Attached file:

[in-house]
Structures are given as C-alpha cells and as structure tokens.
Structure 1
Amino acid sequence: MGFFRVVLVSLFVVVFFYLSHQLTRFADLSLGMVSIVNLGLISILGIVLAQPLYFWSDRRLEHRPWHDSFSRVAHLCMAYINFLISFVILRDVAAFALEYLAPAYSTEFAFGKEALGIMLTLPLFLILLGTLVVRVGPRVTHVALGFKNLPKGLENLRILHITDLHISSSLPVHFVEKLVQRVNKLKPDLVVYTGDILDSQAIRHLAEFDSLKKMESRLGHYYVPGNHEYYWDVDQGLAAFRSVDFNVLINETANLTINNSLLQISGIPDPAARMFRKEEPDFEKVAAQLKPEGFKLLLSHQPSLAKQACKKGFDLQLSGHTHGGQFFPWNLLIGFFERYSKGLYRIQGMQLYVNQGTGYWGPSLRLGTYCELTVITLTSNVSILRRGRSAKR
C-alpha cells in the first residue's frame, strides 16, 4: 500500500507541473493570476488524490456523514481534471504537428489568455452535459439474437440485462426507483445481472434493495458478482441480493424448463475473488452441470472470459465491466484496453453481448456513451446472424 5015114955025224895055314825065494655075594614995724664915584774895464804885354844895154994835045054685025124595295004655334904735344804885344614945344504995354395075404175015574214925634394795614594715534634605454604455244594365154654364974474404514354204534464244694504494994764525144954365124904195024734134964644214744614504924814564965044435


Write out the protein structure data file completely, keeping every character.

[in-house]
Structures are given as C-alpha cells and as structure tokens.
Structure 1
Amino acid sequence: MGFFRVVLVSLFVVVFFYLSHQLTRFADLSLGMVSIVNLGLISILGIVLAQPLYFWSDRRLEHRPWHDSFSRVAHLCMAYINFLISFVILRDVAAFALEYLAPAYSTEFAFGKEALGIMLTLPLFLILLGTLVVRVGPRVTHVALGFKNLPKGLENLRILHITDLHISSSLPVHFVEKLVQRVNKLKPDLVVYTGDILDSQAIRHLAEFDSLKKMESRLGHYYVPGNHEYYWDVDQGLAAFRSVDFNVLINETANLTINNSLLQISGIPDPAARMFRKEEPDFEKVAAQLKPEGFKLLLSHQPSLAKQACKKGFDLQLSGHTHGGQFFPWNLLIGFFERYSKGLYRIQGMQLYVNQGTGYWGPSLRLGTYCELTVITLTSNVSILRRGRSAKR
C-alpha cells in the first residue's frame, strides 16, 4: 500500500507541473493570476488524490456523514481534471504537428489568455452535459439474437440485462426507483445481472434493495458478482441480493424448463475473488452441470472470459465491466484496453453481448456513451446472424 5015114955025224895055314825065494655075594614995724664915584774895464804885354844895154994835045054685025124595295004655334904735344804885344614945344504995354395075404175015574214925634394795614594715534634605454604455244594365154654364974474404514354204534464244694504494994764525144954365124904195024734134964644214744614504924814564965044435